Gibson praises Deonarine

(Trinidad Express) West Indies and Guyana batsman Narsingh Deonarine started the Digicel Test series with question marks over his fitness and his ability to bat for long periods, but he has answered his critics and has been hailed by West Indies coach Ottis Gibson for the mature innings he played on the third day of the second Test, at the Queen’s Park Oval in Port of Spain.

Gibson commended the left-hander on his vital innings at the Oval on Tuesday, which brought the home side back into the contest after they were struggling at 100 for four in reply to Australia’s first innings total of 311.

Deonarine stood up with veteran Shivnarine Chanderpaul for over four hours to put on 130 runs for the fifth wicket before losing his concentration after getting to his third Test half century—55 off of 139 balls.

He was the first of five wickets to fall in the final session on the third day’s play with just 19 runs added to the total.

Despite Deonarine’s momentary lapse that saw him stumped after being drawn out of his crease by spinner Nathan Lyon—who picked up four of the five wickets to fall to complete his second five-wicket haul in Test cricket—Gibson said it was good to see the 28-year-old left hander stepping up with the bat.

“It was a very good innings. I think, batting with Shiv—somebody he idolises—he played very well. He played a very mature kind of innings,” Gibson said of the batsman.

“It is a bit disappointing how he got out in the end but the fact that he batted so long and played with so much control is very good to see. He is somebody that has had an impact with the ball, and he is also now having an impact with the bat,” the coach added.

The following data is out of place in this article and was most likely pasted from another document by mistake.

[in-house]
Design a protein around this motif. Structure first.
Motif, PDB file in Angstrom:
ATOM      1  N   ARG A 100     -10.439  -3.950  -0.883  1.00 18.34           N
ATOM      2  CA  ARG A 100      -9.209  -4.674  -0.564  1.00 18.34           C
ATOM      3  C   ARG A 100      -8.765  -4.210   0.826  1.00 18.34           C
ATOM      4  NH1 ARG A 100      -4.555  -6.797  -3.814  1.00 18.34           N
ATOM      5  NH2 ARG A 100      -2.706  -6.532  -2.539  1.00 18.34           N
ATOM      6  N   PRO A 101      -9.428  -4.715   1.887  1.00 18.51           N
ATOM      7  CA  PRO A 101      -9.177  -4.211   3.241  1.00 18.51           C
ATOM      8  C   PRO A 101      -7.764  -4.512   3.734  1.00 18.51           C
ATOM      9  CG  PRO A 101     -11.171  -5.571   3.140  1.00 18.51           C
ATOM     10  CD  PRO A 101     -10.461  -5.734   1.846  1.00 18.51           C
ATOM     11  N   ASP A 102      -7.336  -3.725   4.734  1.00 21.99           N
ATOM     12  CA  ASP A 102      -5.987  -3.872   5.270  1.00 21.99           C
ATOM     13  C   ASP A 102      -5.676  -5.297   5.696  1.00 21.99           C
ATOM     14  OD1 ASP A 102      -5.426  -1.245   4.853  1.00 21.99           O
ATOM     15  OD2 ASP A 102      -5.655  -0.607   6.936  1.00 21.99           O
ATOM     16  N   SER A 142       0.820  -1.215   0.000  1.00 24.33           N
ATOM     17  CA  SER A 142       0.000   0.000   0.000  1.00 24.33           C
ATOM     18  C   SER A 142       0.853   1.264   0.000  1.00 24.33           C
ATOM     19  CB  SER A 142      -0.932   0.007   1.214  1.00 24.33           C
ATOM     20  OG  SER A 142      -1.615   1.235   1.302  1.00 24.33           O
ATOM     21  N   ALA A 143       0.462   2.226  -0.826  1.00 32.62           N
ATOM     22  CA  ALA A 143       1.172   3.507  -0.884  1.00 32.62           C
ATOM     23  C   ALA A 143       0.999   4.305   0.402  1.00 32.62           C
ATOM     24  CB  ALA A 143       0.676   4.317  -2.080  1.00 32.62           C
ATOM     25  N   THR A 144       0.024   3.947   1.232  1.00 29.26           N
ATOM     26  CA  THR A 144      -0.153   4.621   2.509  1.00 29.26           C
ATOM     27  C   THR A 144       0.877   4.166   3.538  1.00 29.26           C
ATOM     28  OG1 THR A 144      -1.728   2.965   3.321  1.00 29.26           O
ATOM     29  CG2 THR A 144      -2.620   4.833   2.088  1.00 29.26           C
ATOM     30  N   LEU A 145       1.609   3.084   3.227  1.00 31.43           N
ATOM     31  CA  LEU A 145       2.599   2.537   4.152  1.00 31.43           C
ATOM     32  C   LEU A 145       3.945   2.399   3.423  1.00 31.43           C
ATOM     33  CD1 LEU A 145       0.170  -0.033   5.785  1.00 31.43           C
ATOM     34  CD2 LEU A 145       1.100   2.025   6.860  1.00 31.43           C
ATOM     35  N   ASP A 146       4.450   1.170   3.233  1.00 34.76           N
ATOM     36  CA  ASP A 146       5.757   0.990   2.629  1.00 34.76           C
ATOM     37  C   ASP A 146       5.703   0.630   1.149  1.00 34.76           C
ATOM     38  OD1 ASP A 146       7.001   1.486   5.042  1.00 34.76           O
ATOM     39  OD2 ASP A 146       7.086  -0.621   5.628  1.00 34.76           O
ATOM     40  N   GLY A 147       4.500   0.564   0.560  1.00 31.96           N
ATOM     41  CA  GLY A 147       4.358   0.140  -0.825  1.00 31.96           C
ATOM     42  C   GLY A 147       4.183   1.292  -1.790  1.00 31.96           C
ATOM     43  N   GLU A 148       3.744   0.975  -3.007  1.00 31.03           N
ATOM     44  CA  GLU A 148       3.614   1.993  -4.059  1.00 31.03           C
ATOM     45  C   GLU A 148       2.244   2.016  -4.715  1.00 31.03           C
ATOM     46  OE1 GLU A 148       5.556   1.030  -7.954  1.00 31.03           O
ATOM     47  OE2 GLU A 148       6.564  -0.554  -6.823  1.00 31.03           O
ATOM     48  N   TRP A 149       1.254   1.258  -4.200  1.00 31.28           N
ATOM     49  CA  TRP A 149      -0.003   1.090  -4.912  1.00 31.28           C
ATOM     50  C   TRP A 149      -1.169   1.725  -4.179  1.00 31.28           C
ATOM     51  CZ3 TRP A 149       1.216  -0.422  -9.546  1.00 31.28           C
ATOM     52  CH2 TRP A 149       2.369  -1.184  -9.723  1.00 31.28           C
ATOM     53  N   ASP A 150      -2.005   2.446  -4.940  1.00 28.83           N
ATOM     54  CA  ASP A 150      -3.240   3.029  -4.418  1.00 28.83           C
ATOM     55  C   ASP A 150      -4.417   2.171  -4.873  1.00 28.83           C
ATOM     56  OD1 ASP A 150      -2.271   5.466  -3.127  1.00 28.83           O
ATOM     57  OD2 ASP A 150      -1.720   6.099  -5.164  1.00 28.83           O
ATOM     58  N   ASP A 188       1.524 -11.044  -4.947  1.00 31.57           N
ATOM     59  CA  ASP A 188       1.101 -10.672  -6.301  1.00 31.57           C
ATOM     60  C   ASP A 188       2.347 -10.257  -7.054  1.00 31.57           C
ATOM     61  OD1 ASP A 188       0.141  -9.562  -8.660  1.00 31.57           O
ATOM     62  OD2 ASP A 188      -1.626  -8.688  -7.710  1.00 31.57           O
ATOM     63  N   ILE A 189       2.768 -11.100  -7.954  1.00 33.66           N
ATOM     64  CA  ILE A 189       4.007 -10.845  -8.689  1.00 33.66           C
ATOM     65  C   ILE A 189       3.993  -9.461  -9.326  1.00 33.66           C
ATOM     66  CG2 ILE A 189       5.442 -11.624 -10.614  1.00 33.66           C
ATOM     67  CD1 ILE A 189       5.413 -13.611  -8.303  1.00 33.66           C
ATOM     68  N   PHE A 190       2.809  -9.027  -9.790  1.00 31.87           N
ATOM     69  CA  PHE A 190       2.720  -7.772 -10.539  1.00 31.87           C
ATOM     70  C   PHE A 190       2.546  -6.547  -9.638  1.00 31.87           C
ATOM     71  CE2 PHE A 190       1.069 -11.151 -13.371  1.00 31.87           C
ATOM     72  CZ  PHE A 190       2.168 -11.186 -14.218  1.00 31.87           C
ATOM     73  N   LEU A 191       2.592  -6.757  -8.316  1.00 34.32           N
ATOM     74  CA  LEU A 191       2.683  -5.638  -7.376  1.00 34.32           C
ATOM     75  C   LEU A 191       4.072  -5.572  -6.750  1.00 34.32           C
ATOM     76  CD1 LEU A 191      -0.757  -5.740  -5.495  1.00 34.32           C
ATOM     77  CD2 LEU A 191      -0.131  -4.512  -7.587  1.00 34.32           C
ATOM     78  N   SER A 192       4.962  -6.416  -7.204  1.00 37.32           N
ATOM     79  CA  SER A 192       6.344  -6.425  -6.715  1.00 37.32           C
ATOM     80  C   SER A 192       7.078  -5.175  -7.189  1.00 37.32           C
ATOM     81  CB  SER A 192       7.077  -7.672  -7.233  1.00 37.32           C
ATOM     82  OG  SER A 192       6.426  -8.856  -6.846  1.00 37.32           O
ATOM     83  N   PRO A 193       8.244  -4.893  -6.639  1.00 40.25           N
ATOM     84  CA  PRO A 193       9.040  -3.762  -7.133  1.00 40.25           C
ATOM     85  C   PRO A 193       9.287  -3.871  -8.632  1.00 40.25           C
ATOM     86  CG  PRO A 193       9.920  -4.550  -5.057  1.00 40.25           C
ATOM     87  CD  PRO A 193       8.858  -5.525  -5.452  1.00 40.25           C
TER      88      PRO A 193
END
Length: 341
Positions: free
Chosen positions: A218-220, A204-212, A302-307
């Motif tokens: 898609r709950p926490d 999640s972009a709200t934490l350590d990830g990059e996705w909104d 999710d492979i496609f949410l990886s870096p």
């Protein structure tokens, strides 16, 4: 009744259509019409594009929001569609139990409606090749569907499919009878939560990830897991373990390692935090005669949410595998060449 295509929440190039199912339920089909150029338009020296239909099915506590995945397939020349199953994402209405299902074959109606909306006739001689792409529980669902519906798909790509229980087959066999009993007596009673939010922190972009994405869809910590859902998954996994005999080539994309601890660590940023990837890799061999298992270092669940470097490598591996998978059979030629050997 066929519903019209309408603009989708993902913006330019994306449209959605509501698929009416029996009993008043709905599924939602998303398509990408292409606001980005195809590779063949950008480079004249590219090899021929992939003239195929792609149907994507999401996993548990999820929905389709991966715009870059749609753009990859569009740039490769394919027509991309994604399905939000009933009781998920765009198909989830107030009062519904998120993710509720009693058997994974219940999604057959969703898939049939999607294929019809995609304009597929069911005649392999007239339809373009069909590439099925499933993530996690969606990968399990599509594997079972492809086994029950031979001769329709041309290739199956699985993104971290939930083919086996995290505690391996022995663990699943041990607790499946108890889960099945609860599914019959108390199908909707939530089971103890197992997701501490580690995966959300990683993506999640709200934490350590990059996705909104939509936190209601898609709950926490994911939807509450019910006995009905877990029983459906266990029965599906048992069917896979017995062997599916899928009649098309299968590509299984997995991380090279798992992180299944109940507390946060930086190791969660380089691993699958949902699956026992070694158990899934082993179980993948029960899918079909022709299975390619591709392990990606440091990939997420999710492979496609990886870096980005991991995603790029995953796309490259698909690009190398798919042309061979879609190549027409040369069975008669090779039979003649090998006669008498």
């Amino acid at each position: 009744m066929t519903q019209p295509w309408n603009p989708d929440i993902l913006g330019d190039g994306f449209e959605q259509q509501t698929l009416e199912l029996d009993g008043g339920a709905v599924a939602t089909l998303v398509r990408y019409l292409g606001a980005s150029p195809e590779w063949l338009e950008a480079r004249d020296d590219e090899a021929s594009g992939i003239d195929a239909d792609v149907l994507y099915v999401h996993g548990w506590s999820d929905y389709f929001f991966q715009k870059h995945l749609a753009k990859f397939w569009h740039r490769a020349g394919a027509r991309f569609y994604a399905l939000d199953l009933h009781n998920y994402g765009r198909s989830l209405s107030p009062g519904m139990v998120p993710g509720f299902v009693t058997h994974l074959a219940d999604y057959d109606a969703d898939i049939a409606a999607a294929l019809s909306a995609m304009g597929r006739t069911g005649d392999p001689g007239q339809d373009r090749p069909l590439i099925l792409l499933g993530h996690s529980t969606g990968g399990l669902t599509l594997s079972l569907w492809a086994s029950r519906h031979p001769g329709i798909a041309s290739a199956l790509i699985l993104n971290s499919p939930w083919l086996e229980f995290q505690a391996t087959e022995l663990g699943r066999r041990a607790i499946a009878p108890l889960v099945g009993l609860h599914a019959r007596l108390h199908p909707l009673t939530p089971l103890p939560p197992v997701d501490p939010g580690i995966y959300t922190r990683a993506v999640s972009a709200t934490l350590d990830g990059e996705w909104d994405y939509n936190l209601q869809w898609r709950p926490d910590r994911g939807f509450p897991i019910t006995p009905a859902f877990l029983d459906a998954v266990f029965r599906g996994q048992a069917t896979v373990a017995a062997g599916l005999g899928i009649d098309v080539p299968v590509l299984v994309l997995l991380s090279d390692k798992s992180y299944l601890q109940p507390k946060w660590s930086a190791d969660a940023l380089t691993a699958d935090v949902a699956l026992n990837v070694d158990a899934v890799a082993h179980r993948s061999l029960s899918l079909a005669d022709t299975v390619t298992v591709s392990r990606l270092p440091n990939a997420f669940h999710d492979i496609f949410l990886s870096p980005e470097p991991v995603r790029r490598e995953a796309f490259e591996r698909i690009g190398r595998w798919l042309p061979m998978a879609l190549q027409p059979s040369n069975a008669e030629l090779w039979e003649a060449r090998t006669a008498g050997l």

Deonarine is proving to be a handy spinner, having taken the two big wickets of Michael Clarke and Michael Hussey in Australia’s first innings. Deonarine had figures of two for 32 from 20 overs in the first innings in Trinidad and four for 19 in 11 overs in the first Test in Barbados.

In a West Indies Cricket Board (WICB) media release, yesterday, Deonarine spoke about his partnership with Chanderpaul.

“It’s always great to bat with Shiv, he’s an inspiration,” said Deonarine. “You couldn’t have asked for a better man at the other end in that kind of a situation.

“He has been in those tough situations so many times and he knew exactly what to do to pull us out. He is someone I have learnt a lot from over the years, and he helped me throughout the innings.”

Deonarine added: “After losing (Darren) Bravo early in the day, I knew I had to really dig in and look to build up a partnership with Shiv. We talked a lot about rotating the strike and not allowing the bowlers to settle and bowl too long at any one of us.

“It was not an easy pitch to bat on and scoring was difficult. It was not the ideal pitch for strokeplay, so as a batsman, you had to leave out some of the attacking strokes and look to graft and build.

“So far, when you look at it, everyone has struggled, so we knew it would’ve been a tough battle out there. I’ve come back into the team and into Test cricket after some time away, and I’ve come back as a fighter.”

 

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